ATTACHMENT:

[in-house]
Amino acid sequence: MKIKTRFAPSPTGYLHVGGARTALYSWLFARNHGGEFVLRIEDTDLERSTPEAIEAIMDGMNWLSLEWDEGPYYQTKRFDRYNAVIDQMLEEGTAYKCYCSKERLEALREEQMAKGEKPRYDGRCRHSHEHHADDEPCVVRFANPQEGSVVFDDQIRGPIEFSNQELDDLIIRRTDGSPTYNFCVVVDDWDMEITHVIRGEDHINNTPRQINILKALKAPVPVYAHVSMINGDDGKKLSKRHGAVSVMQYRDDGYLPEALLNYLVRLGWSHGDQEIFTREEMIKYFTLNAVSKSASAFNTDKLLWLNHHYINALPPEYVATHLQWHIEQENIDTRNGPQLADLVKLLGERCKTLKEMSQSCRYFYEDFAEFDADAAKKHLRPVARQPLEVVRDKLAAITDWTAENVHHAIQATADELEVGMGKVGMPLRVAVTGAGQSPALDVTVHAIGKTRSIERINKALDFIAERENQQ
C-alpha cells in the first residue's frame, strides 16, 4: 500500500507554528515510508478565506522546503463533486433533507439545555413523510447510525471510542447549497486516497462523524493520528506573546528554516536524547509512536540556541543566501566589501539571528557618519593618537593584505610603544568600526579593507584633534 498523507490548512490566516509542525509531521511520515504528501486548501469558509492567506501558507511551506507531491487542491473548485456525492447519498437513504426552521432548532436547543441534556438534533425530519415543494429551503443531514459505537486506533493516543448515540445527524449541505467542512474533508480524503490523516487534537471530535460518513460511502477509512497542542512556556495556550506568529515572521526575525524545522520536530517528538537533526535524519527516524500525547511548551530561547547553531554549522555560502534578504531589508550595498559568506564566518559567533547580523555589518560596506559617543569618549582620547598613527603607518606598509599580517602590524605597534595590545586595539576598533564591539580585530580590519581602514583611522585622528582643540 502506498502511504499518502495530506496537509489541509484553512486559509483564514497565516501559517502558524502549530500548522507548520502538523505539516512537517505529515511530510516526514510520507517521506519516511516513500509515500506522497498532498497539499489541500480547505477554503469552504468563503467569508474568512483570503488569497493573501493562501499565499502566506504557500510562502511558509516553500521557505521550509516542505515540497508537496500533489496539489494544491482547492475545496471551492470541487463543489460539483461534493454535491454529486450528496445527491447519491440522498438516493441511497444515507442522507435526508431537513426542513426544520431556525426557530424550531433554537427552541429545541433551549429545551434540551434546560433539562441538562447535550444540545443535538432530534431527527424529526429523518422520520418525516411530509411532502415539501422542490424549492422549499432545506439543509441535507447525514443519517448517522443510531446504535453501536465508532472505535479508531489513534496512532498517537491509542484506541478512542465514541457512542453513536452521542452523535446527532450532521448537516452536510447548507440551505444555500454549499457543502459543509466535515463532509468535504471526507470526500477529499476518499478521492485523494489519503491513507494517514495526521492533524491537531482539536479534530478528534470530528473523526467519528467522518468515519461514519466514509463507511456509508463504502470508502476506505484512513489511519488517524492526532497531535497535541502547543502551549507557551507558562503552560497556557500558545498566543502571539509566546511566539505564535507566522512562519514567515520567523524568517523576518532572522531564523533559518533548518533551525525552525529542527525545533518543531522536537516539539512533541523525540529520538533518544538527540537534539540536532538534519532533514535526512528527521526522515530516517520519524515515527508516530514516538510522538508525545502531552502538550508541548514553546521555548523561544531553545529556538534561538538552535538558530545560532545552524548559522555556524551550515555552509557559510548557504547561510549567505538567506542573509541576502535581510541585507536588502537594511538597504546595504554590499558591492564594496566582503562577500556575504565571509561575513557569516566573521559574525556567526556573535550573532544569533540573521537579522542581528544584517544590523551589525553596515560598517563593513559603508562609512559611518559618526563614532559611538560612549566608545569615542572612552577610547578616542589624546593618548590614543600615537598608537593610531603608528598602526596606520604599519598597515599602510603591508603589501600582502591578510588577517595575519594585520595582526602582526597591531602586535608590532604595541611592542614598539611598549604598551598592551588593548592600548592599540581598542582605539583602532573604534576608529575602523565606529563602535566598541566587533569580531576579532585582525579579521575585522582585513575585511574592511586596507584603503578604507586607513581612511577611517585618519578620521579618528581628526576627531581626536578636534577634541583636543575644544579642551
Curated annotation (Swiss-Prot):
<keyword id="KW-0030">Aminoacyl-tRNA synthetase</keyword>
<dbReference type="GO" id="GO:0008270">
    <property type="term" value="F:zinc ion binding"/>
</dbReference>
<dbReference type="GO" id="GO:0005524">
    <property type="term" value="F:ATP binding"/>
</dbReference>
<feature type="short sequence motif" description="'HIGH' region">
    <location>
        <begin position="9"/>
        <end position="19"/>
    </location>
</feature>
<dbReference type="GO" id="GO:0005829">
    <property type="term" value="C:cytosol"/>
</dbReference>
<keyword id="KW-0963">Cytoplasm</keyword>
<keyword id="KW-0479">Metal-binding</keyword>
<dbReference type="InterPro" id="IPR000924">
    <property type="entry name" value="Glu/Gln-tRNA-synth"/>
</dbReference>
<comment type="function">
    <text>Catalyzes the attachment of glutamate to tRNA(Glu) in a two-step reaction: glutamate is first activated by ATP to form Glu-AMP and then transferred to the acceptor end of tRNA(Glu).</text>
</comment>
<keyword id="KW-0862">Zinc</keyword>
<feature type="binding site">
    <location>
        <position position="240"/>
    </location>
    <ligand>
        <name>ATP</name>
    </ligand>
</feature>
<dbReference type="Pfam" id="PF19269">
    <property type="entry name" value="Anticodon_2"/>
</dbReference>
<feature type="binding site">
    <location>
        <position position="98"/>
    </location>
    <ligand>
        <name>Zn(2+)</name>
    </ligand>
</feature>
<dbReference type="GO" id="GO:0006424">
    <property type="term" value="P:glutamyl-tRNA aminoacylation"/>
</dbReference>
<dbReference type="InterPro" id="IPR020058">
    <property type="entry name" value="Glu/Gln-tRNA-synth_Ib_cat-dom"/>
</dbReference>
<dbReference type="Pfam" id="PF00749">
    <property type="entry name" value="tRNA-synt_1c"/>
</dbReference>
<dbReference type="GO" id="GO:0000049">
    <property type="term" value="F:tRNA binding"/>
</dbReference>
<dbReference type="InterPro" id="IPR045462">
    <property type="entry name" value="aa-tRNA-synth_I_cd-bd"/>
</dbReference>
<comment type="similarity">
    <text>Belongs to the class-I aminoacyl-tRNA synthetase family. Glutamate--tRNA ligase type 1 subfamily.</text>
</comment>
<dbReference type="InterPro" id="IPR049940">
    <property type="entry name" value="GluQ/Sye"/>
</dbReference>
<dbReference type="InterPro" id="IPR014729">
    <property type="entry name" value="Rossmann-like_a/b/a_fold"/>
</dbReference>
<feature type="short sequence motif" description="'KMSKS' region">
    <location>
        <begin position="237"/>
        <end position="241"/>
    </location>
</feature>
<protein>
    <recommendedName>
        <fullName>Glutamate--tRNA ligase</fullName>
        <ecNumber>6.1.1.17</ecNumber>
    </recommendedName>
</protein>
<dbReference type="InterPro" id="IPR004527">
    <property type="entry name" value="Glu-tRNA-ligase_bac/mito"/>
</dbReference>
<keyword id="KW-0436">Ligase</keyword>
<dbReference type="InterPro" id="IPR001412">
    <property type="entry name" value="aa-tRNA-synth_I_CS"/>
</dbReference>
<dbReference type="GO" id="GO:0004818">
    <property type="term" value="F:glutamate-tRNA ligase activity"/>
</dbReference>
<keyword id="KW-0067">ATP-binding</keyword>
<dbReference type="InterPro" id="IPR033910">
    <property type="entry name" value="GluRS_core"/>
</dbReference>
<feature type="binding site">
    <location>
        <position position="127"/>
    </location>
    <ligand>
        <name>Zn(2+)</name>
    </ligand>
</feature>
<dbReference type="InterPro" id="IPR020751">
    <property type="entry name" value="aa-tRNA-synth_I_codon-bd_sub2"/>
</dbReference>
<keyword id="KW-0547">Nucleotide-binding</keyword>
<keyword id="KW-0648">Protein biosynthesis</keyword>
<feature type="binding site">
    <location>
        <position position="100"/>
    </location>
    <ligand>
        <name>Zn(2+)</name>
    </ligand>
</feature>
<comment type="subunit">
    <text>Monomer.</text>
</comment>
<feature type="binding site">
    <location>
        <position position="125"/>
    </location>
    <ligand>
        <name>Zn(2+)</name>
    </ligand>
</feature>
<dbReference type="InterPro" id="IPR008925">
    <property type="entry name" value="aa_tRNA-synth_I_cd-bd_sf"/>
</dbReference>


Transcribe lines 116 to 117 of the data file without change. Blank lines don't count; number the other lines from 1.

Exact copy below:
    <ligand>
        <name>Zn(2+)</name>